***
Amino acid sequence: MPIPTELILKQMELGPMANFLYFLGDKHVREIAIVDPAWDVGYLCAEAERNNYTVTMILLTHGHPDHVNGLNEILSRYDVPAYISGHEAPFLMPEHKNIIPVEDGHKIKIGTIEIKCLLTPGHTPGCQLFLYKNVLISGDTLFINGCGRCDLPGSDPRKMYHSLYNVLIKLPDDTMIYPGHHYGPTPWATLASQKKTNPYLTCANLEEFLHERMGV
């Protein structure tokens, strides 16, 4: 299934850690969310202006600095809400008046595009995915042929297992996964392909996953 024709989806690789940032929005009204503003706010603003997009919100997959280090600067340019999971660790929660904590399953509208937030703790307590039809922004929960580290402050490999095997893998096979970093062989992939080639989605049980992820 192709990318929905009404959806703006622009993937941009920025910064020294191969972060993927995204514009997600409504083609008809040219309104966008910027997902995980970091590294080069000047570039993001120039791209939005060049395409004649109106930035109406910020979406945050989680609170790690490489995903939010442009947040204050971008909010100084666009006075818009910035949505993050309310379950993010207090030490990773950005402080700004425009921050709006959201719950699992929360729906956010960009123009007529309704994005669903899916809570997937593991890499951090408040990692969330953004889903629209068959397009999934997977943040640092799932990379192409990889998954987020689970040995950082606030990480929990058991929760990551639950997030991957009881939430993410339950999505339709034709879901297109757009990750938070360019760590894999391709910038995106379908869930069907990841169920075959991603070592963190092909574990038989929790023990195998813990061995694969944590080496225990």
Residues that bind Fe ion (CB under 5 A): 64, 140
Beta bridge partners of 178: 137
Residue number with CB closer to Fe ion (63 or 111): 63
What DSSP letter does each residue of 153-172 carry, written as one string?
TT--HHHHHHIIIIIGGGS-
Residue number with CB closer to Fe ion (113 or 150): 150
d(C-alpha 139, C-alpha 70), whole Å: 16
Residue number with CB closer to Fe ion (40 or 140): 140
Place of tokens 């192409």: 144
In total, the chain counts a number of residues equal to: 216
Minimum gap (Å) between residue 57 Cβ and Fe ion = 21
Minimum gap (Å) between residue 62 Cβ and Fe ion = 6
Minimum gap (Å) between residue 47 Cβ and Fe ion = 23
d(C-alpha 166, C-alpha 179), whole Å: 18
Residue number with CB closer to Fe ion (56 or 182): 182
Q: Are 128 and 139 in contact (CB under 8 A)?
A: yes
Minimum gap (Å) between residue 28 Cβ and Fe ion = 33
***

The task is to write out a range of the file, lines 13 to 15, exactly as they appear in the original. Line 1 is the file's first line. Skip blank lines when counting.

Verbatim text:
Minimum gap (Å) between residue 57 Cβ and Fe ion = 21
Minimum gap (Å) between residue 62 Cβ and Fe ion = 6
Minimum gap (Å) between residue 47 Cβ and Fe ion = 23